TeliaSonera reiterated net income this year will likely be “somewhat higher” than in 2007, excluding a gain of 2 billion kronor in 2007 and other potential gains in 2008. The company also aims to maintain the margin level of earnings before interest, taxes, depreciation and amortization from 2007.

First-quarter Ebitda, excluding one-time items, rose 2.3 percent to 7.76 billion kroner, while the margin fell to 31.8 percent from 33.4 percent. The Ebitda margin at the Eurasia unit fell to 49.3 percent of sales from 55.5 percent because of more competition and regulatory changes, TeliaSonera said.

Turkey, Russia

Sales from the Eurasia region gained 32 percent to 2.72 billion kronor, and growth in affiliates in Turkey and Russia also fueled earnings. Turkcell Iletisim Hizmetleri AS’s contribution rose 28 percent to 848 million kronor, while income from Russia increased 32 percent to 1.02 billion kronor.

The push into some emerging markets has not always been without stumbles and TeliaSonera has been locked in battles for control of some of its holdings.

TeliaSonera is in a legal dispute over control of Turkcell, of which it owns 37 percent, with shareholders Cukurova Group and Russia’s Alfa Group. TeliaSonera is also in a dispute with Alfa over control of Russia’s OAO MegaFon, Russia’s third-biggest mobile-phone company, in which it has a 35.6 percent stake.

Sales at the company’s mobile services unit rose 9.4 percent to 11.52 billion kronor, while revenue was little changed at 11.02 billion kronor at the broadband services business. Nyberg said he will seek to push television offerings to increase the appeal of faster Web-based services.

The mobile unit had 1.28 million more customers at the end of first quarter, while users at the broadband unit rose by 280,000. In total, TeliaSonera had 119 million subscriptions. Fornebu, Norway-based Telenor, which reports earnings on April 30, had more than 140 million wireless users at the end of 2007.

“Fixed line is going down, it’s going down in every country and it’s going down here,” Nyberg said. “It’s a fact of life.”

www.bloomberg.com

Luca Takes No Prisoners

Luca Passani is a mobile tech guru and the guy behind WURFL – if you don’t know, WURFL is an open source project that allows mobile developers to identify which mobile phone a mobile web page is being viewed on. In layman’s terms (the only way I understand it), this allows developers to optimise the user’s viewing experience.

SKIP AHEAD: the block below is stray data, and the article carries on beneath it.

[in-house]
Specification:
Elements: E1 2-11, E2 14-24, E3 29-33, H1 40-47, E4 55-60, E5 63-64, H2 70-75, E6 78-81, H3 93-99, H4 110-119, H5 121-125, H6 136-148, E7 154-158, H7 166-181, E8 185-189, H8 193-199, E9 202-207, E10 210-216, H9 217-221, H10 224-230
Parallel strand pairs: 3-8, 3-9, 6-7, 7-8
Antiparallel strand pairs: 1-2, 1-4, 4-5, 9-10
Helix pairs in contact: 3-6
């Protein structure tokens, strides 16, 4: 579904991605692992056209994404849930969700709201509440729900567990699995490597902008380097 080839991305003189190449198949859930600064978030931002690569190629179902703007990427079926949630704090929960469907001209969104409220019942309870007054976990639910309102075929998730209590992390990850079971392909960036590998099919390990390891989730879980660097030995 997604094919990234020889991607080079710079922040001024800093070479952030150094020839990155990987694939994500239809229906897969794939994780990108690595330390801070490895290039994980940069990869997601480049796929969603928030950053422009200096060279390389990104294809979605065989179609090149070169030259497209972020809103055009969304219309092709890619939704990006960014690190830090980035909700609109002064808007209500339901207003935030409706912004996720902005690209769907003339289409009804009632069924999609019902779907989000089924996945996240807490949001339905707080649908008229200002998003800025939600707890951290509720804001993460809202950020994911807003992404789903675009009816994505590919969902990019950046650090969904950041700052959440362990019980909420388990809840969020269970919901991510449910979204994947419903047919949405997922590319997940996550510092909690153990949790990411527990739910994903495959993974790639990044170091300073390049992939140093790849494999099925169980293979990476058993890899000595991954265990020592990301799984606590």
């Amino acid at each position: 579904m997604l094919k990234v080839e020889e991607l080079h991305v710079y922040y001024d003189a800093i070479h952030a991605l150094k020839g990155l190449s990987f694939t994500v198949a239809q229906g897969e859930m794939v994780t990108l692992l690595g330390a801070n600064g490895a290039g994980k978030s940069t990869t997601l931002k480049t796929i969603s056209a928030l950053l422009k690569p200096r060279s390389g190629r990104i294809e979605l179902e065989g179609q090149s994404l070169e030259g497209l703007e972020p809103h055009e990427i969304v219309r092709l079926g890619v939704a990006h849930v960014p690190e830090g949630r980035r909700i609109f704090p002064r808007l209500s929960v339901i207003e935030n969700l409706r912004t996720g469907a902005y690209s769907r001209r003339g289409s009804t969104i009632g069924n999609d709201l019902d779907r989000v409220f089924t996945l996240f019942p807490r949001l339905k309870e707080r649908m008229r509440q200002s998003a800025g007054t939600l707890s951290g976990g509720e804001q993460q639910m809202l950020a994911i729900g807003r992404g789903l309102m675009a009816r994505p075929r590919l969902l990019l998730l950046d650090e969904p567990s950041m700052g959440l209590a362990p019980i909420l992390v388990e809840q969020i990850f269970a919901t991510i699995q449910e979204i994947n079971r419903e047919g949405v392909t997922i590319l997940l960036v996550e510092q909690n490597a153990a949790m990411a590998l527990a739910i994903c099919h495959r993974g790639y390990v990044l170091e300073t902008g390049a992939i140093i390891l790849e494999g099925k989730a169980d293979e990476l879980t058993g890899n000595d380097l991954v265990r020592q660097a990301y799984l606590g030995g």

WURFL works by reading the headers in the mobile web page.

Some operators have recently decided to transcode web pages viewed on their networks by a mobile phone. Their motivations for transcoding might range from pure – genuinely believing that this creates a better user experience, to frankly, rather sinister if you’re a publisher. In other words, they want to serve ads around other people’s content. Actually, this is naive as it’ll just lead to a deluge of legal cases for many years to come. Publishers believe that only they have the right to sell and benefit from advertising revenue around content they have paid to create. If you think no one could be this dim, TeliaSonera recently ran headlong into a whole bunch of trouble in Sweden for trying this very naivety.

When companies transcode, they normally use a a third party technology. And these vendors make the decision whether or not to remove the headers, upon which WURFL and thousands of developers rely. It’s not necessary to do so – it’s a choice. I believe that removing the information must make the transcoding less challenging technically, otherwise what’s the motivation, assuming you’re not going to try packaging your own ads around others’ content?